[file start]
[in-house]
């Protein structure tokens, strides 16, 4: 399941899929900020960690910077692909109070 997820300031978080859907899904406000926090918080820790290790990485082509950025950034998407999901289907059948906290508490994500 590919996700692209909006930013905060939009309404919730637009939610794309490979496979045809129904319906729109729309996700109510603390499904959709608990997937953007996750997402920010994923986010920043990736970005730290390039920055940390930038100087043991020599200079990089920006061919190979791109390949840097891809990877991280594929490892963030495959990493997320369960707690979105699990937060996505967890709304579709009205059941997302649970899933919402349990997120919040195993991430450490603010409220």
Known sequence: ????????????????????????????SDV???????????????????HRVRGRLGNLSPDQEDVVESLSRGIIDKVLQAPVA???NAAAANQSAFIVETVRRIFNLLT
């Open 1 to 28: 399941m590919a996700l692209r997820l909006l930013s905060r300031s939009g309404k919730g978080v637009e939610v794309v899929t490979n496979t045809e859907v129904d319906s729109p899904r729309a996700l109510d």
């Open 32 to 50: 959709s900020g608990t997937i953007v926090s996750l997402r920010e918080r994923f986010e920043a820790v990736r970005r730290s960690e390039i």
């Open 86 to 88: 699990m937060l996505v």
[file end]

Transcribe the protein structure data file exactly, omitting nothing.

[in-house]
């Protein structure tokens, strides 16, 4: 399941899929900020960690910077692909109070 997820300031978080859907899904406000926090918080820790290790990485082509950025950034998407999901289907059948906290508490994500 590919996700692209909006930013905060939009309404919730637009939610794309490979496979045809129904319906729109729309996700109510603390499904959709608990997937953007996750997402920010994923986010920043990736970005730290390039920055940390930038100087043991020599200079990089920006061919190979791109390949840097891809990877991280594929490892963030495959990493997320369960707690979105699990937060996505967890709304579709009205059941997302649970899933919402349990997120919040195993991430450490603010409220």
Known sequence: ????????????????????????????SDV???????????????????HRVRGRLGNLSPDQEDVVESLSRGIIDKVLQAPVA???NAAAANQSAFIVETVRRIFNLLT
């Open 1 to 28: 399941m590919a996700l692209r997820l909006l930013s905060r300031s939009g309404k919730g978080v637009e939610v794309v899929t490979n496979t045809e859907v129904d319906s729109p899904r729309a996700l109510d």
């Open 32 to 50: 959709s900020g608990t997937i953007v926090s996750l997402r920010e918080r994923f986010e920043a820790v990736r970005r730290s960690e390039i």
């Open 86 to 88: 699990m937060l996505v």